A good fellow that was newly entered into the nipping craft, and had not as yet attained to any acquaintance with the chiefe and cunning maisters of that trade: In the Christmas holy-dayes last, came to see a playe at the Bull within Bishops gate, there to take his benefit as time and place would permit him. Not long had hee stayed in the prease, but hee had gotten a yoong mans purse out of his pocket, which when he had, hee stepped into the stable to take out the money, and to conuey away the purse. But looking on his commoditie, hee founde nothing therein but white counters, a thimble and a broken three pence, which belike the fellowe that ought it, had doone of purpose to deceiue the cutpurse withall, or else had plaide at the Cardes for counters, and so carried his winnings about him till his next sitting to playe. Somewhat displeased to be so ouertaken, he looked aside, and spied a lustie youth entring at the doore, and his drab with him; this fellow he had heard to bee one of the finest Nippers about the towne, and euer caried his queane with him, for conueiance when the stratagem was performed: he puts up the counters into the purse againe, and follows close to see some peece of their seruice. Among a companie of seemely men was this lustie companion and his minion gotten, where both they might best beholde the playe, and work for aduantage, and ever this young Nip was next to him, to mark when he should attempt any exployte, standing as it were more then halfe between the cunning Nip and his drab, onely to learne some part of their skill. In short time the deed was performed, but how, the young Nip could not easily discern, only he felt him shift his hand toward his trug, to convey the purse to her, but she being somwhat mindful of the play, because a merriment was then on the stage, gaue no regarde: whereby thinking he had puld her by the coat, hes twicht the young Nip by the cloke, who taking advantage of this offer, put downe his hand and receiued the purse of him: then counting it discourtesse to let him loose al his labour, he softly pluckt the queane by the coate, which shee feeling, and imagining it had beene her companions hand: receiued of him the first purse with the white counters in it. Then fearing least his stay should hinder him, and seeing the other intended to have more purses ere he departed: away goes the young Nip with the purse he got to eastiy, wherein (as I haue heard) was xxvii. shillings and odde mony, which did so much content him, as that he had beguiled so ancient a stander in that profession: what the other thought when he found the purse, and could not gesse howe hee was coosened: I leave to your censures, onely this makes me smile, that one false knave can beguile another, which biddes honest men looke the better to their pursses.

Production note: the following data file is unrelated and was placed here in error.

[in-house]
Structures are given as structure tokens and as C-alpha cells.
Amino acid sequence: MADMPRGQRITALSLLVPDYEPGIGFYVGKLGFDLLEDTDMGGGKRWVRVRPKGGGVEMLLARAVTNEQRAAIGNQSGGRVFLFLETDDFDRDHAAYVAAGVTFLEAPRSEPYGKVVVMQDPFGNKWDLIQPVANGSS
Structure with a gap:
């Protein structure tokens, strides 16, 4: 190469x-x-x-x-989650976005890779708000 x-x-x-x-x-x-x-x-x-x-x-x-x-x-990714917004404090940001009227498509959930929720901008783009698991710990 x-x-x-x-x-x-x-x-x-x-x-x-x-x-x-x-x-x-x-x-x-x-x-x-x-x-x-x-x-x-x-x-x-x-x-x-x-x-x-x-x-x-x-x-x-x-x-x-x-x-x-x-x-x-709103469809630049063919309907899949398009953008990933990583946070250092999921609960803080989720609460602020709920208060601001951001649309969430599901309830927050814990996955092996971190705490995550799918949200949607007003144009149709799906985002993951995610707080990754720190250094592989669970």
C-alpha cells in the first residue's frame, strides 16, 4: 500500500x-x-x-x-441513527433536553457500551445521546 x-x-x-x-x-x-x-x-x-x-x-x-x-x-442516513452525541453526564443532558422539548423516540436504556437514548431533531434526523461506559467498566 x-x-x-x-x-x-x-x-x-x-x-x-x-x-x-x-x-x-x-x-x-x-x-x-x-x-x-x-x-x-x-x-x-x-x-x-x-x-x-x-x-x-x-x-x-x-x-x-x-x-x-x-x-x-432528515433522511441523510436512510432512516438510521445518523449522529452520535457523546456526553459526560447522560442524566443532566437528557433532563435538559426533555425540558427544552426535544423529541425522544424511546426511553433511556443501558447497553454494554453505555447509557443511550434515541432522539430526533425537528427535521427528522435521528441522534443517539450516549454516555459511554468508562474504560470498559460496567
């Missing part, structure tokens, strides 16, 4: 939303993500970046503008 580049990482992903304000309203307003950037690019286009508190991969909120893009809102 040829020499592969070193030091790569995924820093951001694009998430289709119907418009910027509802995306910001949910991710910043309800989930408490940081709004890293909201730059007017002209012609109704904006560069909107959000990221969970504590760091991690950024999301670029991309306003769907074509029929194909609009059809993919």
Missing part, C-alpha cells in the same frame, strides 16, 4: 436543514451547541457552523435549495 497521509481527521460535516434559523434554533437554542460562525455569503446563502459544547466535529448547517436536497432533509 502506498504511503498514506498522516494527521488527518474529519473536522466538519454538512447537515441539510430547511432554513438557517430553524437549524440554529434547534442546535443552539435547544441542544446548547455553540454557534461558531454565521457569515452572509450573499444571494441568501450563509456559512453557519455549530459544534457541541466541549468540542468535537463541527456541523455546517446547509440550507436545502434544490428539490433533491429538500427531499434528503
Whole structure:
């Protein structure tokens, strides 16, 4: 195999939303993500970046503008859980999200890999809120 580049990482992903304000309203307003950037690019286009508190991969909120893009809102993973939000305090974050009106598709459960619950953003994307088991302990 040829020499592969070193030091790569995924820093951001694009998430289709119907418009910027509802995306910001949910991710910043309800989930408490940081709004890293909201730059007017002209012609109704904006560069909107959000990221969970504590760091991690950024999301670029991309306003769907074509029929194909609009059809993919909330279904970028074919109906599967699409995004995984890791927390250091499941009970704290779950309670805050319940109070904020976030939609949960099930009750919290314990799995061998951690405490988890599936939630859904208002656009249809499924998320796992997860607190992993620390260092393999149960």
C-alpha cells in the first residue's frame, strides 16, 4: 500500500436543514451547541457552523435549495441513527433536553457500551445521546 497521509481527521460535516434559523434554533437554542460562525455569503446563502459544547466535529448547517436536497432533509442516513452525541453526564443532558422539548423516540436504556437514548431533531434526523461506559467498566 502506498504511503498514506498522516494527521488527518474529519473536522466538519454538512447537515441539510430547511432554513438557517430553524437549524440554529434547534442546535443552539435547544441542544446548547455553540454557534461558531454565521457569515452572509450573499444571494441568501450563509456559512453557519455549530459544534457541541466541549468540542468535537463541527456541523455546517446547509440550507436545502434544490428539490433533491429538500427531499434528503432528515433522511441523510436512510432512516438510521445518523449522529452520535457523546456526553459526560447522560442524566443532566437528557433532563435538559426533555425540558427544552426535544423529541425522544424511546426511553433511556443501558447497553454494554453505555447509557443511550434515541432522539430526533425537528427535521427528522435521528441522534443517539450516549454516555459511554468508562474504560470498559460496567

How a Gentleman was craftily deceived of a Chayne of Golde and his pursse, in Paules Church in London.